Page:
Glasgow Hawks 56
TOM Howie, chairman of Glasgow Hawks and a long-time servant of the game in the west of Scotland, called in the massed ranks of the press corps before this top-of-the-table clash. "I want to be constructive about this," he said, referring to the argy-bargy about the future of the game in Scotland which has broken out in the wake of the ill-starred Word Cup campaign.
"We at Hawks are happy being a feeder for the national side. There is a strong feeling within the club that we want to help." Did that mean he supported the present structure of the game? "I don’t want to talk about that. We should all stop bickering and get on with it."
Not exactly a clear-cut endorsement then. But perhaps it is worth cocking an ear to a club that tops the league with only one overseas player (if you discount Ulsterman Michael Rainey who came to Glasgow for the university not the rugby), no salary men and which is quite likely to provide the next centre partnership at international level (perm any two from Andy Henderson, Graeme Morrison and Tom Philip).
It was a cri-de-coeur for less politicking and more play-making which will find an echo in the minds of most non-aligned supporters of the game.
And the Hawks players went on to let their rugby do the talking as they put fellow championship contenders Heriots to the sword with some swashbuckling rugby. Phil Smith, the defeated coach, could only hold up his hands at the end. "If Hawks go on playing like that, they are the best team in the league by a street."
Ian Monaghan, Rainey and Steven Duffy, at 9, 10, and 12 respectively, were the stars of the show though they flourished on an apparently limitless supply of good ball sent back by the forwards.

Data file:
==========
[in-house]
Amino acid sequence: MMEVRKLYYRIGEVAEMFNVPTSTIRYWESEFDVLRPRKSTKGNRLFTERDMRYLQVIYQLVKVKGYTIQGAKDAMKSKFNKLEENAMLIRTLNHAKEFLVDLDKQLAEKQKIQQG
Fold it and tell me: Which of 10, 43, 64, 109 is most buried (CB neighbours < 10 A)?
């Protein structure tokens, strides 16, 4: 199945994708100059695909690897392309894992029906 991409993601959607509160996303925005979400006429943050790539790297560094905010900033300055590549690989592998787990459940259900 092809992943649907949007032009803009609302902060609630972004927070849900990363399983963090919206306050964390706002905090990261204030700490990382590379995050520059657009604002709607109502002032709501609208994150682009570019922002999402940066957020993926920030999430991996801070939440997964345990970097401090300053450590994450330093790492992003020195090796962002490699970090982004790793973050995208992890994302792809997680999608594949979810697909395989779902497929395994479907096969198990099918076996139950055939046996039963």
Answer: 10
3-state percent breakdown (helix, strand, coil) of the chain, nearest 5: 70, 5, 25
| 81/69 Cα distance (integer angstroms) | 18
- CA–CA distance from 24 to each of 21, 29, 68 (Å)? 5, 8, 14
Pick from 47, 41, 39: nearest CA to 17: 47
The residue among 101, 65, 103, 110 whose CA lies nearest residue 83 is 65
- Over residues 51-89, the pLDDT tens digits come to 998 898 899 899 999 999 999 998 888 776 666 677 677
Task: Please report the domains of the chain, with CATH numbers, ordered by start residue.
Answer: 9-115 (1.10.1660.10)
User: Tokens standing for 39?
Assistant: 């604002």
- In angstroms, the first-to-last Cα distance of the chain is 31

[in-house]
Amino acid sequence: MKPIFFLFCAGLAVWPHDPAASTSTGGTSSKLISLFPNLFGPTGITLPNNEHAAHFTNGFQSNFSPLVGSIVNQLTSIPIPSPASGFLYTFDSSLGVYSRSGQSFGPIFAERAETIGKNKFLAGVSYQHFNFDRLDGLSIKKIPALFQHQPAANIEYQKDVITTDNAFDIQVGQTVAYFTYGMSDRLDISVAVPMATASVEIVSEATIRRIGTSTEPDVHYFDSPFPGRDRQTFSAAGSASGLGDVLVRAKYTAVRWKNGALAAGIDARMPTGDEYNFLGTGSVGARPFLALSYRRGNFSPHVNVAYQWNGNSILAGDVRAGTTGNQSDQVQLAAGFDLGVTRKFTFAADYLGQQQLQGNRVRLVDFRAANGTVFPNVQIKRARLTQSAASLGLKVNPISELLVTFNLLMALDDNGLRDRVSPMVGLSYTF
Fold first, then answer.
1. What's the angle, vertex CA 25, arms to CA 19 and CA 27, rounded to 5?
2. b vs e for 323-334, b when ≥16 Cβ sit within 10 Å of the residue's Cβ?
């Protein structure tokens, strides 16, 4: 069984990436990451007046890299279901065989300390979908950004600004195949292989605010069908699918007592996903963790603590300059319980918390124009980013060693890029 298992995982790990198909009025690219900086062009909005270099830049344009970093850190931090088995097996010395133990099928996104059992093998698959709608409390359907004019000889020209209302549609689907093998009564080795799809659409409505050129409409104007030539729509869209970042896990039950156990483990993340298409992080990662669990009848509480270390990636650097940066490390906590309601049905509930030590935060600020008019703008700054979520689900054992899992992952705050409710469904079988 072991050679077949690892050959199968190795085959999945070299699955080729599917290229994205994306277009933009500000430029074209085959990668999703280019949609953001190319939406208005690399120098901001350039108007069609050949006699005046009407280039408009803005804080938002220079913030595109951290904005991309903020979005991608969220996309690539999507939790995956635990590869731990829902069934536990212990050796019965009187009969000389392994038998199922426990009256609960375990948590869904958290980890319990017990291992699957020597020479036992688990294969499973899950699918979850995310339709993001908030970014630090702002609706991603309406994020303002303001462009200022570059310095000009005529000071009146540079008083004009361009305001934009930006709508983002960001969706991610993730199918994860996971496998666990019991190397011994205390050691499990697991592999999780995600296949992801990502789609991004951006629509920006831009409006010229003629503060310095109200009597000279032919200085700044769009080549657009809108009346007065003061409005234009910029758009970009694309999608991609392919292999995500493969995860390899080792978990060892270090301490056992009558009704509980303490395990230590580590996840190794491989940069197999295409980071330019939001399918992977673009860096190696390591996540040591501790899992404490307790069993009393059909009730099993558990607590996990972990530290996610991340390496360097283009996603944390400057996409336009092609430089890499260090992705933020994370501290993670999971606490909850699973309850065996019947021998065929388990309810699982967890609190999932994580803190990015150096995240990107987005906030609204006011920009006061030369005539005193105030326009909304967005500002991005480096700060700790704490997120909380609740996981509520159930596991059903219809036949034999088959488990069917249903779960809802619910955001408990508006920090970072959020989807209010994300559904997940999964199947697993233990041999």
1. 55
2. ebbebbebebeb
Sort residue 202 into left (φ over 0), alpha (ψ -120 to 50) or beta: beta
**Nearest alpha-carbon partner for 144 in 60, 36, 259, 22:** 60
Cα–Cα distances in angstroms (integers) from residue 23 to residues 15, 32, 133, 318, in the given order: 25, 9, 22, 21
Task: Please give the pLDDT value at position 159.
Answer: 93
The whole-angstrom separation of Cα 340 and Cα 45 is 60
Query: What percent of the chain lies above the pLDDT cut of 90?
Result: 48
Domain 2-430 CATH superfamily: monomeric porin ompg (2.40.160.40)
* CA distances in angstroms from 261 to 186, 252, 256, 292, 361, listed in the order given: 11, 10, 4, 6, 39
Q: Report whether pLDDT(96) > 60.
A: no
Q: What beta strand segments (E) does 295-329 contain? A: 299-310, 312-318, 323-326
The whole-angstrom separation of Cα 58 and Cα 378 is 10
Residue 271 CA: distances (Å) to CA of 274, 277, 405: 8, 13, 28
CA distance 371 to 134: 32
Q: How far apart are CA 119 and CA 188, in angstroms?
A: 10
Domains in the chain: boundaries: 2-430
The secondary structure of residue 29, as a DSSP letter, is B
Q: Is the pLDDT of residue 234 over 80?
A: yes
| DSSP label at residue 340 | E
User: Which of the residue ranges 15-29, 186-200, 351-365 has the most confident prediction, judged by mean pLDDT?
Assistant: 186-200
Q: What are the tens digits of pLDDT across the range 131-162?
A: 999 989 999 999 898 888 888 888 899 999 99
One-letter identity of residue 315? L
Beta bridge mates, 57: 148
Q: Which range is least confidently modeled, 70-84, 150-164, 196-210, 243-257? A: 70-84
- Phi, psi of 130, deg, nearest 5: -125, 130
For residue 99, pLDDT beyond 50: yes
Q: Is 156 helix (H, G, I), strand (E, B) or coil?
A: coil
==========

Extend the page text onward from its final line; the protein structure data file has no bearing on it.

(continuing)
A clever cross-kick from Rainey set up the attacking position for the first try scored by Monaghan after twelve minutes. Duffy hung onto a wobbly interception for the second which knocked Heriot’s off their stride just six minutes later. And then he scooped up another difficult pass for his second try after Wes Henry had made a great run up the wing.
The game was all but over by half-time but, for once, Hawks did not sit back and relax, scoring four more tries, the pick of which, from Henry, came from a little move off the back of a scrum. The fact that Cammy Little, who had just come on for the injured Colin Shaw on the wing, took and gave the pivotal pass in the move with his first touch, suggests that Hawks have something approaching a squad to call on. The promising debut of Stuart Low, another local boy, at full back (albeit his defensive skills were hardly tested) gave further credence to chairman Howie’s plea for just getting on with it.
Scorers. Glasgow Hawks: Tries: Monaghan, Duffy 2, Docherty, Rainey, Henry 2. Cons: Rainey 6. Pens: Rainey 3. Heriot’s: Try: Teague. Con: Monro. Pens: Monro 2.
Glasgow Hawks: S Low; W Henry, M Adamson, S Duffy, C Shaw; M Rainey, I Monaghan; E Milligan, C Docherty, G McFadyen, S Begley, R Maxton, S Swindall, R Currie, M Sitch. Subs: L McIntyre for McFadyen, N McKenzie for Currie (both 63 mins), C Little for Shaw (67).
Heriot’s: N Deluca; S Bennet, N Armstrong, G Smeaton, M Teague; A Munro, I Wilson ; G Talac, D Linton, A Dickson EGrewar, J Osbourne, J Syme, C Harrison, J White. Subs: A McDonald for White (50), C Sinclair for Wilson, F Smeaton for Bennet (both 57)
Referee: G Hannah (Kirkcaldy).